The first Osprey arrives at 7:30am from the north. The sun is just glinting over a shallow cloudbank presaging the Pacific front that is due later today. There is a cold east wind blowing, and not a soul around. Unless you count all the cars whipping by on the 202 overpass a couple hundred yards off my right shoulder or the thousands of students sleeping it off on the ASU campus a mile away at the far end of Tempe Town Lake.
The beauty of this overlook, which I’ve found optimal for viewing and photographing at the lake, is that it makes me feel all alone even in the bustle of the sixth largest metro area in the country. A skein of Double-crested Cormorants flies up out of the marsh, passes under the Hayden Road overpass, skims the east dam, then settles down on the water just below me. Two more Ospreys have joined the first, their lazy, reconnoitering wingbeats an easily recognizable flight jizz even though the thin sunlight renders them but silhouettes against the bright water.
My hope for this morning is eagles. I catch the outline of a large bird flying toward me just above the water’s surface. Thinking eagle and disbelieving that I failed to see something this big drop in, I find it in the binoculars and realize it is a Brown Pelican. It isn’t just dropping in, but apparently was fishing along the far shoreline when I arrived and has just lifted off to seek a more productive spot. One of the Ospreys dives behind it, misses, shakes off, and flies nearer to my vantage point to check out the cormorants which are now doing a loose herding line out toward the center of the lake.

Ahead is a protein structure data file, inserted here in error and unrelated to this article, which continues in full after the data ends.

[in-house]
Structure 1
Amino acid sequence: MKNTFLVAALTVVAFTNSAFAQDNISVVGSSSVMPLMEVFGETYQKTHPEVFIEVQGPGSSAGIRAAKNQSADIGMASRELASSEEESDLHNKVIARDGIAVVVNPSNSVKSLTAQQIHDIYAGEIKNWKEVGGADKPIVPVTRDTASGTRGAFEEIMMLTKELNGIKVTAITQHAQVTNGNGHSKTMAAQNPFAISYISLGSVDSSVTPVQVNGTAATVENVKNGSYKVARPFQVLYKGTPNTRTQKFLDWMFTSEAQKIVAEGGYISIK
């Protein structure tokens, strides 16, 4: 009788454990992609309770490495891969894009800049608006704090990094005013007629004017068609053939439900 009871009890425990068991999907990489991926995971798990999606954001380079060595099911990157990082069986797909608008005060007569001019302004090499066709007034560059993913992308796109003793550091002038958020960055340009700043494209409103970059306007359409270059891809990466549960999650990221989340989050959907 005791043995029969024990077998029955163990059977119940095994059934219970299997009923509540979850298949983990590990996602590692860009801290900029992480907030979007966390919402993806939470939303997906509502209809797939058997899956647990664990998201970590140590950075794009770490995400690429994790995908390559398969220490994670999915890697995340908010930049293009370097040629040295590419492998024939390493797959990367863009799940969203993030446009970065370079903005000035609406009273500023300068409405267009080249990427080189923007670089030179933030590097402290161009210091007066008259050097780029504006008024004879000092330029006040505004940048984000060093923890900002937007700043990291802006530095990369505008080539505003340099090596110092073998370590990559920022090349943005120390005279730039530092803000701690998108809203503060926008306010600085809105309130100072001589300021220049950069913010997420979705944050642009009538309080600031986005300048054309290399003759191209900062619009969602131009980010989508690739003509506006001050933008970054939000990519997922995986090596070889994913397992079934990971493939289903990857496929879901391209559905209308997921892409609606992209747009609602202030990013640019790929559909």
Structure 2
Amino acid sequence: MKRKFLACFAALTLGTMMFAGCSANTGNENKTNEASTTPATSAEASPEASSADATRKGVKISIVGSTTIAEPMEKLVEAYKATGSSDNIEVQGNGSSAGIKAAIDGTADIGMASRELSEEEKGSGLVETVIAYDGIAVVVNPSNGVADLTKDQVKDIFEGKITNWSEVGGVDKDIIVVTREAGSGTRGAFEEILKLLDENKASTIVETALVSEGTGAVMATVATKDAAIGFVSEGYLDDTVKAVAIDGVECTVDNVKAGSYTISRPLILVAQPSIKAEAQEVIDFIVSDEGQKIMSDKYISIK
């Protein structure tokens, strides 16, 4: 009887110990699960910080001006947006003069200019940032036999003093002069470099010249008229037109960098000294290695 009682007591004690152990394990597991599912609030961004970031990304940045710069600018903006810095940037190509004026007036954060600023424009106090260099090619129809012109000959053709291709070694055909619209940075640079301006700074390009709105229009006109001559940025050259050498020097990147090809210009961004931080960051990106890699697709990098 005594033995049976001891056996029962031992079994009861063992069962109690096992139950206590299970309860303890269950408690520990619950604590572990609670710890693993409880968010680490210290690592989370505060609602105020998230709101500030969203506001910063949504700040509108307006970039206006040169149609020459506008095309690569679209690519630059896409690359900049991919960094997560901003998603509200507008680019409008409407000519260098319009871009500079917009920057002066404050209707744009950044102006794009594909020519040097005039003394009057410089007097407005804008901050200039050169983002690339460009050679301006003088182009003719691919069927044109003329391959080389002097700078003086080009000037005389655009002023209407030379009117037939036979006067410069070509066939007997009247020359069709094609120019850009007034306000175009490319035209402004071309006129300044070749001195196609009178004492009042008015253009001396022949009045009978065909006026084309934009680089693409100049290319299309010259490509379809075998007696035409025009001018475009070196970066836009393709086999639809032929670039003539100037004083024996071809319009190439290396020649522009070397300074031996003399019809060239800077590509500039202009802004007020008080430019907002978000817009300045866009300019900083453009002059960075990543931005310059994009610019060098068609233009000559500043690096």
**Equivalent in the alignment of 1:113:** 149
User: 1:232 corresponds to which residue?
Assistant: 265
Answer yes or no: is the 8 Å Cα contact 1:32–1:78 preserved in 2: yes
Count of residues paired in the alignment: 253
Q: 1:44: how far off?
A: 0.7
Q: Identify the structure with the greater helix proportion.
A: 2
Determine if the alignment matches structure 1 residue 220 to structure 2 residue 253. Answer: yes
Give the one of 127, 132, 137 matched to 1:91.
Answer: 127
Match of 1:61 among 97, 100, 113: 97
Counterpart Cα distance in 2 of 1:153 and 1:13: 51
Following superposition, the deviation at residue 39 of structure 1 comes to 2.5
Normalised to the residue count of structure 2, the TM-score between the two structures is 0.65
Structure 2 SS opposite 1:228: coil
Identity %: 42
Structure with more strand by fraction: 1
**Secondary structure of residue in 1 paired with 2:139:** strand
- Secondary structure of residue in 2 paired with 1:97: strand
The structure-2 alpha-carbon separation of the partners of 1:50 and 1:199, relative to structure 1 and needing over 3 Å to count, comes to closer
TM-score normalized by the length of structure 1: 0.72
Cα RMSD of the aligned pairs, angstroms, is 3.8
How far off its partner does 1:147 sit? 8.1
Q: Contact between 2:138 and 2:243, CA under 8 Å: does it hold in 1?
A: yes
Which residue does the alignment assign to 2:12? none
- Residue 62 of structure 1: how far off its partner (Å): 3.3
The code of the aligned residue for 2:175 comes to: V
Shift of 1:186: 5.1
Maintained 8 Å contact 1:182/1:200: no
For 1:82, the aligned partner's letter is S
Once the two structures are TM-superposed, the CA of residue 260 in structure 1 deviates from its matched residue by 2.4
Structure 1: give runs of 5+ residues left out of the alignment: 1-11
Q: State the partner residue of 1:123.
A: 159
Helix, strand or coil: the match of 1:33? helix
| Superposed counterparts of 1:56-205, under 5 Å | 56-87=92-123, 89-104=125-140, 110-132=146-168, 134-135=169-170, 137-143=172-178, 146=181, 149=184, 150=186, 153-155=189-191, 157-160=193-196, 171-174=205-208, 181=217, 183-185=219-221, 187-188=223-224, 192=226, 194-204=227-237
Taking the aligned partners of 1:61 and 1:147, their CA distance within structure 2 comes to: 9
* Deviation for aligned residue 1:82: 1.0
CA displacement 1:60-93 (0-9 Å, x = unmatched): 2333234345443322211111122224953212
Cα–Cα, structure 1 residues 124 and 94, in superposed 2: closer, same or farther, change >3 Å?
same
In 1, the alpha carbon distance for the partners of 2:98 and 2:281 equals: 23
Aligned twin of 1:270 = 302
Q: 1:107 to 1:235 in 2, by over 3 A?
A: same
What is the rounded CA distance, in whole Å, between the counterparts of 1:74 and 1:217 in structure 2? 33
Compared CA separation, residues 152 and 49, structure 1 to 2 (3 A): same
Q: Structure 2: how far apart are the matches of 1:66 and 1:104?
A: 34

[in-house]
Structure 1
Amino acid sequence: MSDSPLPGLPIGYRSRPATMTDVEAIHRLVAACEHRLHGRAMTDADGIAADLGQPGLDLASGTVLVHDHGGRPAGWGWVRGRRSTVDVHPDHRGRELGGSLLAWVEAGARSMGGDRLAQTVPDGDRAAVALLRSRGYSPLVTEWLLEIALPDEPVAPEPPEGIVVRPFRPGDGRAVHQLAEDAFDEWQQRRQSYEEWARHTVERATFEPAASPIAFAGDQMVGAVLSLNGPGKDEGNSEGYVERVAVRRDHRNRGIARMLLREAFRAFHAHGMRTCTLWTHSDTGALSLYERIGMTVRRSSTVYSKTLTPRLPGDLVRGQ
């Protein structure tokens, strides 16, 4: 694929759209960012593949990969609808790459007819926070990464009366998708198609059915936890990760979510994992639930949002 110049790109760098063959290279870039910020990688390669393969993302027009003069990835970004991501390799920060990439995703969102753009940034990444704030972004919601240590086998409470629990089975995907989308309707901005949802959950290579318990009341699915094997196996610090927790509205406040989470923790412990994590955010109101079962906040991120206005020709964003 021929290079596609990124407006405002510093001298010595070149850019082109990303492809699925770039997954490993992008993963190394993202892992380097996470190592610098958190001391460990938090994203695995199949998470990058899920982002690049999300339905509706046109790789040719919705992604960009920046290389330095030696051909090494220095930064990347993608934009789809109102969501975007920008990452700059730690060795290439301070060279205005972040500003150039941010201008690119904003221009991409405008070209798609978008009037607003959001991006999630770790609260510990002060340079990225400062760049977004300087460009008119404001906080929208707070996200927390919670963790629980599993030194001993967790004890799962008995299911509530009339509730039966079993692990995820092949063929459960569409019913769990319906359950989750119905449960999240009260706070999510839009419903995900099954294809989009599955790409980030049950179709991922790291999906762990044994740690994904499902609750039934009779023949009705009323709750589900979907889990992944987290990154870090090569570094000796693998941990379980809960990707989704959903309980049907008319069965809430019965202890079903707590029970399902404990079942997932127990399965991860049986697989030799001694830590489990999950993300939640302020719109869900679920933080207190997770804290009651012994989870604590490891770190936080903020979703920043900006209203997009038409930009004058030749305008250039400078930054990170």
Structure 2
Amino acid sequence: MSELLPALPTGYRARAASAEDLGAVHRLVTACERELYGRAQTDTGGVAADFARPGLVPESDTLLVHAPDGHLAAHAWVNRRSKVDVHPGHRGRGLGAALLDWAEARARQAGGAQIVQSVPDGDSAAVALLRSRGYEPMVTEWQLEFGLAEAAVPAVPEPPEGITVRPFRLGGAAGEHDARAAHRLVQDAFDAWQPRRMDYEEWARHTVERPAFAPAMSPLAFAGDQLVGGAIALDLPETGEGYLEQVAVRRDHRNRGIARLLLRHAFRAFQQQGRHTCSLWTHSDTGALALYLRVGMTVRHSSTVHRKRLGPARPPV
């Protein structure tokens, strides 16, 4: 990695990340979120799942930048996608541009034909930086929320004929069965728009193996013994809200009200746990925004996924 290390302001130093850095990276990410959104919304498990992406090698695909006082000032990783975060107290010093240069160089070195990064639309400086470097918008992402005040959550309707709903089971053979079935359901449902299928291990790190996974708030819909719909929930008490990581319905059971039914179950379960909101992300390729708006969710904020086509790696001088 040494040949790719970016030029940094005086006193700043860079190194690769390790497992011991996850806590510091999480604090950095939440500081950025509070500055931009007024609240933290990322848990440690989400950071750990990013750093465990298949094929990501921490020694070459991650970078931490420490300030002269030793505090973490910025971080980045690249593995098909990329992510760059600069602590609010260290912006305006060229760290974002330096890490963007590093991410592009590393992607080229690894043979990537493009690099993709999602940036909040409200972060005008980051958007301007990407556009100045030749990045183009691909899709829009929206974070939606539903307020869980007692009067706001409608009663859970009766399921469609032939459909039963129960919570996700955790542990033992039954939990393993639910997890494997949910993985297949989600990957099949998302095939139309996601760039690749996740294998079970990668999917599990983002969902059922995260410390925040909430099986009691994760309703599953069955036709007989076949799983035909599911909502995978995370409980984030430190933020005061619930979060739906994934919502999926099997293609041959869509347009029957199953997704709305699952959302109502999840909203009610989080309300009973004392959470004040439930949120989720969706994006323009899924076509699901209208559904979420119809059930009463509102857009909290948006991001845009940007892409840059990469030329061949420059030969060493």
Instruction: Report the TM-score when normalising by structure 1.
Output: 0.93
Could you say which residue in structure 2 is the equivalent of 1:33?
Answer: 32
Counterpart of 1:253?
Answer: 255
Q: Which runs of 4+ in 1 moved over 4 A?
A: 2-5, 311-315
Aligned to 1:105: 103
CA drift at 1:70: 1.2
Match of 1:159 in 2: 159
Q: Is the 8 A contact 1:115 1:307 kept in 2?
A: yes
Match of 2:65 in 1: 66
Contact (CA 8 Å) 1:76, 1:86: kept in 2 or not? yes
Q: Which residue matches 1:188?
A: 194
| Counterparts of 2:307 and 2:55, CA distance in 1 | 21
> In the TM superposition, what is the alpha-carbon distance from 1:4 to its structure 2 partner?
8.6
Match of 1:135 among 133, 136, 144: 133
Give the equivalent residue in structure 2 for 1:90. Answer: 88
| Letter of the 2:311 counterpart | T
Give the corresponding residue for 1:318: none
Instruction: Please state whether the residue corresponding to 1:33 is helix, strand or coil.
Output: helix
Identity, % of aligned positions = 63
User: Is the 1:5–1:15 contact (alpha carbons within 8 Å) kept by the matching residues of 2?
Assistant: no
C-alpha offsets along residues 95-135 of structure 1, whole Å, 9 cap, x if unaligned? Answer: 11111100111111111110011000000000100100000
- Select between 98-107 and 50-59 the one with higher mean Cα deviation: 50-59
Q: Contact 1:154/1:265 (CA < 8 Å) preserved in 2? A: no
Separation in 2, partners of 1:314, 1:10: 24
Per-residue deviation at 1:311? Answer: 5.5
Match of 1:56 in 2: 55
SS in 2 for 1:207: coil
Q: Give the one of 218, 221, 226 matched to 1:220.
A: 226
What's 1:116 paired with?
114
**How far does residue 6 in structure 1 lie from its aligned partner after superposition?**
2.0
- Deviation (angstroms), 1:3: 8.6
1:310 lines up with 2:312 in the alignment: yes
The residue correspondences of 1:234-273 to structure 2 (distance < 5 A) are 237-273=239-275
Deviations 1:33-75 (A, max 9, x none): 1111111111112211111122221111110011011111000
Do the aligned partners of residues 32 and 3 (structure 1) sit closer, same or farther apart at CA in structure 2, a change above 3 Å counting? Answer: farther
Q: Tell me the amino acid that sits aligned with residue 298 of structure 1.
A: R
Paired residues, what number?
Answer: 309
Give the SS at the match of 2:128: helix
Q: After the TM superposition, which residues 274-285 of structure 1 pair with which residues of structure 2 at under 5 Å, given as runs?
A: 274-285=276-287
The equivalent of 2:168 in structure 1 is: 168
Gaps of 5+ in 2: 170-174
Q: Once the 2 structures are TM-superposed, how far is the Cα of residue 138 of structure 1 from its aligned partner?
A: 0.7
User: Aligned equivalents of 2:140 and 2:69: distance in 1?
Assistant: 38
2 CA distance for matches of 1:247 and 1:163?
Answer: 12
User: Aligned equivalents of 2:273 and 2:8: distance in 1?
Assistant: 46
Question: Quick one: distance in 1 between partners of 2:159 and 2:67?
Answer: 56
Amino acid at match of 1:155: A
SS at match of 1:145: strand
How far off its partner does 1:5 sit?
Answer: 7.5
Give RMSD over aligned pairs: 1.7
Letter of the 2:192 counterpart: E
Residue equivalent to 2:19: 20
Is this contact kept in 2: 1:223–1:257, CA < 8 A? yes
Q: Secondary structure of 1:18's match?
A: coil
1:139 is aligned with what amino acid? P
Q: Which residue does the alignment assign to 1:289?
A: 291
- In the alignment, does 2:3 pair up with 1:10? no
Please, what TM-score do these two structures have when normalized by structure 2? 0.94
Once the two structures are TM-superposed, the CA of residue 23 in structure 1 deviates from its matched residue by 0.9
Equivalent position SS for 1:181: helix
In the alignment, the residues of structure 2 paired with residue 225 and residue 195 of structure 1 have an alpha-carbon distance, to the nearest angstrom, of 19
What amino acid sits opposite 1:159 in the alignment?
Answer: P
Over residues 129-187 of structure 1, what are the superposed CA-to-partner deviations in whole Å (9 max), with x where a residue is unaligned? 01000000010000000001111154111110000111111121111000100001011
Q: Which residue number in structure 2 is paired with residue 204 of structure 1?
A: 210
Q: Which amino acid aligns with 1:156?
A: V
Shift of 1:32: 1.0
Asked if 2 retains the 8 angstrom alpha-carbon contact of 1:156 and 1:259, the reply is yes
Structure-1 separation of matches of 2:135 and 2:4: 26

I turn and glance behind me to check out the status of the sunrise. If there is one, anything in front of my lens will be in perfect light for a telephoto flight shot. As I turn back to the camera, a dark form flies left to right, low over the water, up into the north arm of the lake, passing right in front of me. Thinking cormorant, my brain is too late to process a completely out of context Harris’s Hawk for me to click the shutter. What is it doing here? A Harris’s wouldn’t take fish out of this lake, would it?
A Coyote, headed for a breakfast appointment with a rabbit somewhere along the edge of the marsh, jogs up the trail on the other side of the water, scattering Snowy Egrets loitering along the lakeshore. I, and all of this incredible wildlife action, am in plain sight of thousands of people, yet no one is looking. Isolated in the midst of throngs, granted some of them still awakening, none of them seeing or even caring about the natural splendor that is right outside their car or dormitory window.
The pelican has landed on the east dam, right in the middle of about fifty loafing cormorants. Two coots are standing a ways apart from this lineup, at dam’s edge, hunched over, feet in the falling water, picking assiduously at something, plant or insect life. A Black Phoebe lands momentarily on the concrete dam support, not ten yards away. Northern Shovelers drop into the water below me. Still no eagle and the sun has lost its ascendancy to the persistent cloudbank.
I turn to leave, but not in disappointment. There is nothing quite so viscerally charged, so emotionally compelling, as solitude at sunrise over water, wildlife on the move. Even in an urban setting.